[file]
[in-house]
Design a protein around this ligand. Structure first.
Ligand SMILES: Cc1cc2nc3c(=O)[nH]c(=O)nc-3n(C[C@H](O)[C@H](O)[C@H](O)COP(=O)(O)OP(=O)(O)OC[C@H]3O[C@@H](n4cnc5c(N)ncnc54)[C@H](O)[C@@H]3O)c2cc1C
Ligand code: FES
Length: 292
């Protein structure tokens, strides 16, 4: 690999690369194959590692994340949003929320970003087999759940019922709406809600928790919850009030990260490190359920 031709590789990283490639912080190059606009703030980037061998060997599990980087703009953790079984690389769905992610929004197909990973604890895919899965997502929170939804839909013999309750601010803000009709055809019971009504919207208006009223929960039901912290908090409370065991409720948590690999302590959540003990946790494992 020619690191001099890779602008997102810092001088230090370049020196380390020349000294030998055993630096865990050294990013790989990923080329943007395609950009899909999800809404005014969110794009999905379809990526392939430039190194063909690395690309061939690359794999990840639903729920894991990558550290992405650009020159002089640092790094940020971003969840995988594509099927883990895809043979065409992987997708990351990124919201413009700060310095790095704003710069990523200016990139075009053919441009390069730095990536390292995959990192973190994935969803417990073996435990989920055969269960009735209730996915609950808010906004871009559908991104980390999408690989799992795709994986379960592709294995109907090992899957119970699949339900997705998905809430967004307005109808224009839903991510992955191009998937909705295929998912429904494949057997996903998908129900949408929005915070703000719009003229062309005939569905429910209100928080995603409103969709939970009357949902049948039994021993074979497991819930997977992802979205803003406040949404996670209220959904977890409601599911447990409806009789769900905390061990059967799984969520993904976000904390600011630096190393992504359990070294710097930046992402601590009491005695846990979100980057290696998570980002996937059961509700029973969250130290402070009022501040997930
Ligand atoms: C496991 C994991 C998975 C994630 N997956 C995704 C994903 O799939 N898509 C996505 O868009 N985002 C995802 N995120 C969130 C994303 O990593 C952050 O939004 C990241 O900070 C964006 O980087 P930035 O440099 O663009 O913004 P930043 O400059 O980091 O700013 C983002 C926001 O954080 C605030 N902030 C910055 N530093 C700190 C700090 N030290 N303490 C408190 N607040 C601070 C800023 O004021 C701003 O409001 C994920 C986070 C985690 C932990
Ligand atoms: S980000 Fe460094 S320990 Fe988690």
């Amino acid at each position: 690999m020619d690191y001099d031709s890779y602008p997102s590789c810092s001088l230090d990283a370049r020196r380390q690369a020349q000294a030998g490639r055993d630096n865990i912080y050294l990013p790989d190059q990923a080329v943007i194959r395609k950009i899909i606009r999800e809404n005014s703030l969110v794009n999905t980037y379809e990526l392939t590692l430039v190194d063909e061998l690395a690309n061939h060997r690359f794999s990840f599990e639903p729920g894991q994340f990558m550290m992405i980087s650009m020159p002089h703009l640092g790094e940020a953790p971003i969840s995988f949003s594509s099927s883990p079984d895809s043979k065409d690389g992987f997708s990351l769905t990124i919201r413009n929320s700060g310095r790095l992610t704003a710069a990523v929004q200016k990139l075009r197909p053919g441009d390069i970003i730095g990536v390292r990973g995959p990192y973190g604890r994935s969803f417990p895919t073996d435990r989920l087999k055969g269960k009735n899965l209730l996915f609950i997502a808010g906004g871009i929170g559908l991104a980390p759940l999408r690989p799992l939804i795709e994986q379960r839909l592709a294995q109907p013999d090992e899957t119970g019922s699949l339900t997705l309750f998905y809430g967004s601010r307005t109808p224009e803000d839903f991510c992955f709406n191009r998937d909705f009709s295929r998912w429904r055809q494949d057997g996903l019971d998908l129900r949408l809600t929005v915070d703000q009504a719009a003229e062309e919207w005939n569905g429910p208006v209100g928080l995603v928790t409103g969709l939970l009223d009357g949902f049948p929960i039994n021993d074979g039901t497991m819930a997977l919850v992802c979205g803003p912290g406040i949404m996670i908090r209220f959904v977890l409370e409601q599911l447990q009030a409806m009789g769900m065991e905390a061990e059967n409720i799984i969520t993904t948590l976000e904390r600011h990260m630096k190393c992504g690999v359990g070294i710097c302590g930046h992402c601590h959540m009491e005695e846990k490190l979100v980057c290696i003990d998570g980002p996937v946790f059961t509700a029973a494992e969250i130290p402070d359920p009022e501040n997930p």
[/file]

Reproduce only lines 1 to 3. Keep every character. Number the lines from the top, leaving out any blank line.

[in-house]
Design a protein around this ligand. Structure first.
Ligand SMILES: Cc1cc2nc3c(=O)[nH]c(=O)nc-3n(C[C@H](O)[C@H](O)[C@H](O)COP(=O)(O)OP(=O)(O)OC[C@H]3O[C@@H](n4cnc5c(N)ncnc54)[C@H](O)[C@@H]3O)c2cc1C